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Bible Commentaries

Arthur Peake's Commentary on the Bible
Proverbs 20

 

 

Verses 1-30

Proverbs 20. We have still further traces in Proverbs 20:9; Proverbs 20:24 of the sceptical spirit and "the obstinate questionings of self" characteristic of the later Greek period of Jewish thought.

Proverbs 20:6 a. RV is strained and the Heb. is difficult. Read (cf. Syr. and Lat.) "Many a man is called kind."

Proverbs 20:8. winnoweth (mg.) is more literal than RV, and conveys better the idea of personal scrutiny (cf. the ideal king in Psalms 72 and Isaiah 11).

Proverbs 20:9. For the growing sense of personal sin as distinct from national responsibility and guilt cf. Job 14:4; Job 15:14; Psalms 51:5.

Proverbs 20:10 f. The LXX places Proverbs 20:10 after Proverbs 20:22; this makes it possible that "even" in Proverbs 20:11 is a continuation of Proverbs 20:9. The repetition of "pure" supports this.

Proverbs 20:12. cf. Exodus 4:11.

Proverbs 20:14. It is naught: lit. "bad, bad," the buyer's depreciation of the object he is bargaining for.

Proverbs 20:15. Probably the three forms of precious possessions mentioned are all to be taken in apposition to "lips of wisdom."

Proverbs 20:17 b. cf. Lamentations 3:16.

Proverbs 20:20. blackest darkness: lit. "the pupil (of the eye) of darkness," so in Proverbs 7:9. For the thought cf. Proverbs 30:17. The reference is probably not to the legal penalty of the early codes (Exodus 21:17).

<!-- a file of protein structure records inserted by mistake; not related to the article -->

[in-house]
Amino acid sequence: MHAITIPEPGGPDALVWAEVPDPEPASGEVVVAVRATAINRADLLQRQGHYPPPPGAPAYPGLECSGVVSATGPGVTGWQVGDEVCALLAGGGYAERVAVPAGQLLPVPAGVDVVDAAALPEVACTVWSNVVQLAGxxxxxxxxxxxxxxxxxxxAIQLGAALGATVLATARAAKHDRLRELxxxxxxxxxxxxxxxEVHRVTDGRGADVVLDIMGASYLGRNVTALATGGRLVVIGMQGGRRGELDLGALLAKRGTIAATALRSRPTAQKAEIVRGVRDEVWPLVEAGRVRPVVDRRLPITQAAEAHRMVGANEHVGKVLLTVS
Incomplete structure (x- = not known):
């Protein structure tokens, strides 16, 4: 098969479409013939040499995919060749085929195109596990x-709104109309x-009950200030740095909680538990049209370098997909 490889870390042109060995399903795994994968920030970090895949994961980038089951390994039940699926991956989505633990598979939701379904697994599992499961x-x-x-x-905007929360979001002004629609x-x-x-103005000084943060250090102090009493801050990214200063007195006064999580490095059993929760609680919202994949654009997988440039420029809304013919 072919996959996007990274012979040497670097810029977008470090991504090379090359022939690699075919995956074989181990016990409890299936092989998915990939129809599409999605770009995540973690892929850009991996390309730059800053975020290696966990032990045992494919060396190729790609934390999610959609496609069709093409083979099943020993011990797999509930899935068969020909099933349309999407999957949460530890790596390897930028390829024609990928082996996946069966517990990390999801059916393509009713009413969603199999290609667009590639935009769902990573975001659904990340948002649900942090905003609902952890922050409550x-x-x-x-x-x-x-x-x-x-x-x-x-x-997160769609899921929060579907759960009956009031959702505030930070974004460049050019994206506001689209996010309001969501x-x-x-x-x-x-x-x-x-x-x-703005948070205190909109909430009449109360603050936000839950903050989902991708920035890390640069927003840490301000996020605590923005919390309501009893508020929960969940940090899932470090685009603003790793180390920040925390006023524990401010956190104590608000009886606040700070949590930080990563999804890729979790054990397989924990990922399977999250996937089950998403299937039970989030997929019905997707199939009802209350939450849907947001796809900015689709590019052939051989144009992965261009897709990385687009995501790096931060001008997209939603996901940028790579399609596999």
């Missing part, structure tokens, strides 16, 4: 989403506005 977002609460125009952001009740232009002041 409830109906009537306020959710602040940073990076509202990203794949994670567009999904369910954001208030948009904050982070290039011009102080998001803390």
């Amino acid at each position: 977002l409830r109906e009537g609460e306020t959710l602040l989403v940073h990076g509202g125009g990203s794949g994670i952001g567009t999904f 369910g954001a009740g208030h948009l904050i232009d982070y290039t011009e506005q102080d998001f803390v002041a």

Proverbs 20:22. cf. Proverbs 24:29. The Jewish quietist attitude of non-resistance reflected in our Lord's saying in Matthew 5:39, grew up in the Hasid movement (Psalms 4:3*) in the time of Antiochus Epiphanes.

Proverbs 20:24. cf. Jeremiah 10:23. The passage seems rather to reflect the growing sense of the antinomy between the belief in predestination and freewill.

Proverbs 20:25. Very doubtful; rashly to say and to make inquiry are both uncertain. The former may be supported from Job 6:3. The LXX probably conveys the general sense: "It is a snare for a man hastily to consecrate any of his property, for after vowing comes repentance" (cf. Deuteronomy 23:21-23, Ecclesiastes 5:4-6).

Proverbs 20:26. cf. Proverbs 20:8 and Isaiah 28:27 f., where the processes of threshing are described.

Proverbs 20:27 stands alone in the OT in its expression of the Divine element in man as conscience.

 


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Bibliography Information
Peake, Arthur. "Commentary on Proverbs 20:4". "Arthur Peake's Commentary on the Bible ". https://www.studylight.org/commentaries/pfc/proverbs-20.html. 1919.

Lectionary Calendar
Monday, December 16th, 2019
the Third Week of Advent
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